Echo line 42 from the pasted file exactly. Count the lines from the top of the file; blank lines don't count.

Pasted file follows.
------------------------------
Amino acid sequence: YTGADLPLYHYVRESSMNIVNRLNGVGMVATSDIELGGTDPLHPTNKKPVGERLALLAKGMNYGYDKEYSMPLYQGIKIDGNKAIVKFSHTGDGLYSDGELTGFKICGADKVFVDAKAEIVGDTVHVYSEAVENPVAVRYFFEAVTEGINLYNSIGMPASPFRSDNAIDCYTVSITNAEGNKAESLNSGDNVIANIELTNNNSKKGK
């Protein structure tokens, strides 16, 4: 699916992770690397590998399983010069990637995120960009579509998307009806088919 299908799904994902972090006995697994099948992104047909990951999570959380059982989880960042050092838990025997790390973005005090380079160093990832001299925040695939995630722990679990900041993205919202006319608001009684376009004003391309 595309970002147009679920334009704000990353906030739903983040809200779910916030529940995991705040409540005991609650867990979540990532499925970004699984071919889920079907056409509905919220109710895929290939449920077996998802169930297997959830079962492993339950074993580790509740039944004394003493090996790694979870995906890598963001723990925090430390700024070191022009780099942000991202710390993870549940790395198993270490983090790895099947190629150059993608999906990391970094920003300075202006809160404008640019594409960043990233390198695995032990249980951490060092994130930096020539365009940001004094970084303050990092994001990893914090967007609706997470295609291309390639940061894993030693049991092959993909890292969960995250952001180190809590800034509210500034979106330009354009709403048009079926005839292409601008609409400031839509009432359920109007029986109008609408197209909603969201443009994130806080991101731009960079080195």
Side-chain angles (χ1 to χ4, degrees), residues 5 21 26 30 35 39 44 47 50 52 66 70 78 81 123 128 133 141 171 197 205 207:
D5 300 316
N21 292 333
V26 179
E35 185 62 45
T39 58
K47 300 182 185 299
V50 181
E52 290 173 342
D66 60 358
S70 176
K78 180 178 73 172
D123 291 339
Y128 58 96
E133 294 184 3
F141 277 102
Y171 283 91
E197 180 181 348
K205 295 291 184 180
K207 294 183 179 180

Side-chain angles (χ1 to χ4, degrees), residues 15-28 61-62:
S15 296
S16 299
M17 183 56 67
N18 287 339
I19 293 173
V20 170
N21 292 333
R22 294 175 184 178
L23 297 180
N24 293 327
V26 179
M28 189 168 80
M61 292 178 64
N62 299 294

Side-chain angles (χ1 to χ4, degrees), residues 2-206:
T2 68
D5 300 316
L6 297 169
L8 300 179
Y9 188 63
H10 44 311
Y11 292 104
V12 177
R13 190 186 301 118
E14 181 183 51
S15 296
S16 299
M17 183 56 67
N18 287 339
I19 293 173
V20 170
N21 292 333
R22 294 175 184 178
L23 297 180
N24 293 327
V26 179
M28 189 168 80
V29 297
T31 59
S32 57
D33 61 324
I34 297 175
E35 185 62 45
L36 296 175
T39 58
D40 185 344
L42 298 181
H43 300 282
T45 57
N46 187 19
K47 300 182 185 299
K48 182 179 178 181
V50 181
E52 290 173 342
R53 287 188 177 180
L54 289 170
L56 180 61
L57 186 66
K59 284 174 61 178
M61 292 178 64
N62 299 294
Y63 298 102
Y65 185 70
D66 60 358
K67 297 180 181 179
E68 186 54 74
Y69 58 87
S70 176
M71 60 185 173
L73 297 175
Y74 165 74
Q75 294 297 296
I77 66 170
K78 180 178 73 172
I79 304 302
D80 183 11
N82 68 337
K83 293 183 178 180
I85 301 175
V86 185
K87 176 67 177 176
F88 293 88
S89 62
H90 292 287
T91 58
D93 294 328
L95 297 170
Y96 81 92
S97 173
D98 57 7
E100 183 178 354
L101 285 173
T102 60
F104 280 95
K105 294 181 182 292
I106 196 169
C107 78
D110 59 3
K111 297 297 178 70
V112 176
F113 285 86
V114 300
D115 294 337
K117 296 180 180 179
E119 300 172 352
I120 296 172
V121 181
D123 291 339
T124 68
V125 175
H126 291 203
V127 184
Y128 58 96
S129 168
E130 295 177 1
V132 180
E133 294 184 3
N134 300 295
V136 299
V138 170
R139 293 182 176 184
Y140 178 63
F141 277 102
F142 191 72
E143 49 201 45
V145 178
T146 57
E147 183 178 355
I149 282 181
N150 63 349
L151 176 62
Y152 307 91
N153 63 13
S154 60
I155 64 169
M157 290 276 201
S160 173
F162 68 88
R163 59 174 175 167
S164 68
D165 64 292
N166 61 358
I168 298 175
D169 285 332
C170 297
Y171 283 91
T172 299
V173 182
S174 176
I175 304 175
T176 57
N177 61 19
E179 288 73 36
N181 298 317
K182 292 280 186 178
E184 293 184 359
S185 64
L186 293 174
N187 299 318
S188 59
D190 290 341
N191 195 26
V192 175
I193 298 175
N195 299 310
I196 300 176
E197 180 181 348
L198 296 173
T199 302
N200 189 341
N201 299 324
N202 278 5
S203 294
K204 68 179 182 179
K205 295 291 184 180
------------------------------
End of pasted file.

L8 300 179